Democratic National Chair and U.S. Rep. Deborah Wasserman Schultz (D-Weston) is among several Florida politicians from both parties that are under fire for taking millions in contributions from the predatory payday lending industry.
The Miami Herald reported that Wasserman Schultz was among the top individual recipients of about $2.5 million doled out to Florida politicians since 2009, according to a report by Allied Progress. The report alleges that Wasserman Schultz took $50,600.
Although the report claims Republican’s took the most money as a group ($1,083,447) the top individual recipients were Democrats: with Rep. Alcee Hastings (D-Delray Beach) at $110,700; Rep. Patrick Murphy (D-Jupiter) $51,000 and Wasserman Schultz.
All-in-all the Democratic party took about $366,500.
The article found that more than one-third of the donations came from the MacKechnie family and their lending company, Amscot Financial. In 1998 Amscot Insurance pleaded guilty to civil racketeering charges and was banned for life from selling auto insurance in Florida. In exchange the state agreed not to pursue criminal charges). Amscot is headquartered in Tampa and boasts offices throughout the state.
“Florida’s political establishment has pushed the disastrous Florida model of payday lending on the rest of the country because they have been bought by the industry and one family and company in particular,” said Karl Frisch, executive director of Allied Progress.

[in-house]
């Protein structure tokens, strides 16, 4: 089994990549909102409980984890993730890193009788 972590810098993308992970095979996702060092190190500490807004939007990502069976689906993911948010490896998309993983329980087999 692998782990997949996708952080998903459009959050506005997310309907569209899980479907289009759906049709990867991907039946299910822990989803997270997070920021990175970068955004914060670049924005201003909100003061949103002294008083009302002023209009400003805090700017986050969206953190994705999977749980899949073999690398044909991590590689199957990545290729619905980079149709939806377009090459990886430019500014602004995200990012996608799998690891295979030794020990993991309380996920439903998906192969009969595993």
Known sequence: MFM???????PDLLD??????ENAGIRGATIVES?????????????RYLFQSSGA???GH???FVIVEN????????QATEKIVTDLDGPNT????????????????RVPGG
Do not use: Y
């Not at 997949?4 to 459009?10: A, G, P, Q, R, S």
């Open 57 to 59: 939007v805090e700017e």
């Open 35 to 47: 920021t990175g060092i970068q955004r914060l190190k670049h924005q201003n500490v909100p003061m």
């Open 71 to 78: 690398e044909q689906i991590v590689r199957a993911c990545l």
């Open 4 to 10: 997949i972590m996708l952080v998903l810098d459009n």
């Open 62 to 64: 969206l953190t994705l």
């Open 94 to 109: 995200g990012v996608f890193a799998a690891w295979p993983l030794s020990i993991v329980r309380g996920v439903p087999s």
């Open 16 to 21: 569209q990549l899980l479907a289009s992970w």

The article alleged that according to PolitiFact Florida consumer groups, independent researchers at Pew Charitable Trusts and the head of the Consumer Financial Protection Bureau have raised multiple criticisms of Florida’s law, claiming it leaves many customers mired in a cycle of debt with high interest rate and little protection.
The NAACP, National Council of La Raza and Southern Poverty Law Center – along with 200 other groups – wrote a letter to Congress in December arguing that the “industry-backed Florida law” would hurt consumers.
Wasserman made headlines last month when it was revealed she is siding with the payday lenders instead of the opposing groups and Democrats like Massachusetts Senator Elizabeth Warren.
Despite this the Florida congressional delegation pushed back, with most signing a letter asking the bureau to look at Florida’s law as a model for the rest of the country.
For Wasserman Schultz, the subject has become a sore point. Currently she is facing her first re-election primary challenge since winning office in 2004. Allied Progress has launched a TV ad and several billboards in her district, aiding her opponent, Nova Southeastern University Law Professor Tim Canova.
Wasserman Schultz’s spokesperson Ryan Banfill told the Miami Herald that she “has fought her whole public service career to hold unscrupulous payday lenders and others who prey on consumers accountable.”